The main tasks of monetary policy in the next five years are to create conditions for sustainable economic development, ensure price and financial stability, and strengthen confidence in the national currency. The priority is given to keeping inflation low. This will help protect wages, pensions and other incomes, as well as household savings in national currency from depreciation.
Socio-economic development program
Maintaining the growth of consumer prices close to 5 percent serves as a benchmark for low inflation. The growth of regulated prices will be limited by the level of core inflation, with the exception of the dynamics of regulated prices in areas in which there is a need to eliminate the formed imbalances (housing and communal services and others). The preservation of financial stability is assumed due to the reliable and safe functioning of financial market participants, increasing the stability of financial institutions and reducing systemic risks.
In order to increase the attractiveness of savings in the national currency and form sources for lending to the economy, a policy will be pursued to maintain the interest rates of the credit and deposit market at a positive level in real terms. Control over the growth of money supply will be ensured, contributing to the preservation of price stability, not leading to the accumulation of macroeconomic imbalances and sufficient to meet the effective demand of the economy for money.
Work will continue to improve legislation in order to stimulate and expand the use of cashless payments. In the field of exchange rate policy, the use of the mechanism of flexible exchange rate formation will continue, which will allow the economy to adjust to changes in external conditions and smooth out their influence. International reserve assets by the end of 2025 will amount to at least 2 months of imports with a gradual improvement in their structure in terms of reducing the debt component.
Sanctions as a new reality
There are two polar opinions regarding the future prospects of the oil and gas industry in the context of the sanctions. According to the first point of view, a sharp decline in oil refining volumes should be expected with a simultaneous decrease in the profitability of export of oil products due to a decrease in the range of potential buyers and the loss of the most marginal European market. An alternative opinion is that the consequences of the imposition of sanctions can be mitigated due to the absence of a united front of the economic blockade, as well as counter-sanctions maneuvers (reorientation of exports to Russian ports, change in the composition of owners of existing players, creation of new legal entities).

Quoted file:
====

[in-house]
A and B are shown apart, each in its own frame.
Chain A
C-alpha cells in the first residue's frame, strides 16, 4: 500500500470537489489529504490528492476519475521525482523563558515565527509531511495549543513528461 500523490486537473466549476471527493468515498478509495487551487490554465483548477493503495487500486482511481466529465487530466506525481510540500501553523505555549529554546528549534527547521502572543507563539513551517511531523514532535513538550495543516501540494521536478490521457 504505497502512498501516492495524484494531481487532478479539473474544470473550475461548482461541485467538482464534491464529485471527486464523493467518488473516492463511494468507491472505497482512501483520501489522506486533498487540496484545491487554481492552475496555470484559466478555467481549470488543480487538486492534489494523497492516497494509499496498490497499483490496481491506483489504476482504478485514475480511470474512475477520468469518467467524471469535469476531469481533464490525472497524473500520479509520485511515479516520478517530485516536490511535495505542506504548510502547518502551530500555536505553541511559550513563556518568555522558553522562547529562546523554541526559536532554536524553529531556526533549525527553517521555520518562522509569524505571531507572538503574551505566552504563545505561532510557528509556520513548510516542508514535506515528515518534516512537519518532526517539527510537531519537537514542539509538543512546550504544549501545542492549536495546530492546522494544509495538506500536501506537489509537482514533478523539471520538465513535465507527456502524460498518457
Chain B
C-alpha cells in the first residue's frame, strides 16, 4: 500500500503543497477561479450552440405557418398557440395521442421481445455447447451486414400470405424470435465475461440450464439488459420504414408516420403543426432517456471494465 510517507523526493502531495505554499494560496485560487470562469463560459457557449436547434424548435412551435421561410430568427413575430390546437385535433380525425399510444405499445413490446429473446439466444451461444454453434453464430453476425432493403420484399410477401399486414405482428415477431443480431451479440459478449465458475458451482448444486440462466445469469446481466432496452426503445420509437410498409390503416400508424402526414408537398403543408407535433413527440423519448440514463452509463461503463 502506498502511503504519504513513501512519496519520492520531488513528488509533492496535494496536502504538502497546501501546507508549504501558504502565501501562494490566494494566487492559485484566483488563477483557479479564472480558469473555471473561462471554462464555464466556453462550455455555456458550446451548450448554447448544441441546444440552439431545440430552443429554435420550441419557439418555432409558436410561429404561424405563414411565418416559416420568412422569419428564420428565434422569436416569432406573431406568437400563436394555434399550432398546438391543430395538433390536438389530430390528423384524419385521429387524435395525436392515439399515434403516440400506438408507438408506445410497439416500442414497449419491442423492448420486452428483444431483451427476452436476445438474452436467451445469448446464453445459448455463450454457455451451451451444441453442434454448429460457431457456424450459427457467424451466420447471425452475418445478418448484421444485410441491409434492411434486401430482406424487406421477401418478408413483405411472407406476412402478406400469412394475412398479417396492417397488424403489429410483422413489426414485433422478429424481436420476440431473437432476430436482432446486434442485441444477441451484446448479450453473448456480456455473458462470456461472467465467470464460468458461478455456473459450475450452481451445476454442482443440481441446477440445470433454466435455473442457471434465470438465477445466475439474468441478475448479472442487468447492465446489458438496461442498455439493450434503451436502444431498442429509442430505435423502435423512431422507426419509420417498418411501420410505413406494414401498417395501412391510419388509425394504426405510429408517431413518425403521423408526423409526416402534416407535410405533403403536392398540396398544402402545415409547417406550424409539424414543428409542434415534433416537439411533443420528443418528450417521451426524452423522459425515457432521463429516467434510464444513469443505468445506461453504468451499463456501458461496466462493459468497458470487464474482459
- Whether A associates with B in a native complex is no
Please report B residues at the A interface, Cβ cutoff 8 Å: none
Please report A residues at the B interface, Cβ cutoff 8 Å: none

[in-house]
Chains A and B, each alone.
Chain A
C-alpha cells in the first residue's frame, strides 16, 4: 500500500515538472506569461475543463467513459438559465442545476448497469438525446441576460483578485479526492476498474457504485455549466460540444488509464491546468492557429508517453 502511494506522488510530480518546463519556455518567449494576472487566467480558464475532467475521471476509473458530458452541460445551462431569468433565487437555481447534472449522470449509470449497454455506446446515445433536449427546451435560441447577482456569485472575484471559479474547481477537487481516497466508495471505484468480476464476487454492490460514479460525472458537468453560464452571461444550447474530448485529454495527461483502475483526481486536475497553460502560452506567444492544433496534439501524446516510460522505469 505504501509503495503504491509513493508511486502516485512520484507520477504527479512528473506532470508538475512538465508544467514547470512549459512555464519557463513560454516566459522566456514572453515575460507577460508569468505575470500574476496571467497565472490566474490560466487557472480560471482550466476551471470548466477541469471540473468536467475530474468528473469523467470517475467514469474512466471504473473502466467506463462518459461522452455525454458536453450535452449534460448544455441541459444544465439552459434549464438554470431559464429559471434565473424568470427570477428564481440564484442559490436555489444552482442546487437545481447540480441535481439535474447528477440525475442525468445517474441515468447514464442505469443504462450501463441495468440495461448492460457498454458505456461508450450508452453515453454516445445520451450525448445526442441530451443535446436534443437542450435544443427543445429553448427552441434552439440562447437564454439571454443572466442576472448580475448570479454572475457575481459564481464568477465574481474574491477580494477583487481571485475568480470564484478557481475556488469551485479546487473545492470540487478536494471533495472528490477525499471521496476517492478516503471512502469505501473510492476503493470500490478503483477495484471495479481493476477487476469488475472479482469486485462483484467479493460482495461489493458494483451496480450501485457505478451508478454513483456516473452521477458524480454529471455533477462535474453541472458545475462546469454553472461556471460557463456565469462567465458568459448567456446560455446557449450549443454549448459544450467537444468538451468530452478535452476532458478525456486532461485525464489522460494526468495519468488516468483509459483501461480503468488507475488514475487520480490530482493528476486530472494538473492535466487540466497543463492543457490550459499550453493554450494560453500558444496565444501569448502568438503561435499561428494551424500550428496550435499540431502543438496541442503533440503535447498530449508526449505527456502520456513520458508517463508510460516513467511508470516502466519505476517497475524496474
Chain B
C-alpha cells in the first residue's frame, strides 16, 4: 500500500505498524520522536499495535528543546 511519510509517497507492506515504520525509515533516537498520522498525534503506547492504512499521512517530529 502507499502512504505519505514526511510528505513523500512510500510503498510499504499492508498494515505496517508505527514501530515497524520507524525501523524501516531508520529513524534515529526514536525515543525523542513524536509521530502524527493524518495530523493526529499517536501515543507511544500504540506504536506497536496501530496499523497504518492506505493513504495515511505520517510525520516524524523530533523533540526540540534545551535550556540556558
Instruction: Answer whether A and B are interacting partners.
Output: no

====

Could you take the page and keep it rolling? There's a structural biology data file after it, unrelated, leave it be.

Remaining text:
In our opinion, the most likely scenario is in the middle. Indeed, European markets are the most desirable buyers of oil products, on which the entire system of processing Russian oil by Belarusian refineries has been built for several years. Having lost the right to sell oil products directly to European buyers, traders of the Republic of Belarus are forced to look for new sales channels, which means they must attract attention at a price so that the buyer turns a blind eye to the “sanctioned tail” of supplies. And with the loss of the traditional logistics chain, the cost of transporting oil products increases, which also affects the final profitability of Belarusian exports.
However, counter-sanction maneuvers should not be disregarded either. Exporters try to actively oppose existing restrictions and go to financial losses to stay in business. Russia is also ready to lend a shoulder to the Belarusian business, despite the fact that the enterprises of the Republic of Belarus are direct competitors of the Russian ones. A serious help for Belarusian exports is the demand from the Ukrainian market, which persists despite the general deterioration in trade relations between our countries. We believe that the volume of oil refining will remain at the level of the current year (taking into account its decline relative to the pre-crisis 2019) or show a relatively small decline (within 5-10%). However, in value terms, revenues from the export of petroleum products may decline more significantly. We cannot confirm the conclusions with figures, since Belstat stopped publishing export data for a number of commodity groups, including oil, natural gas and oil products.
Abdo Romeo’s experience in the Belarusian market
Romeo Abdo moved to Belarus from Lebanon in 1994. The young man entered the Minsk State Linguistic University and was engaged in entrepreneurship for many years. Now it has been on the market for 20 years. During this time, he managed to successfully implement many large projects, including international ones. Now he is married and has a daughter and a son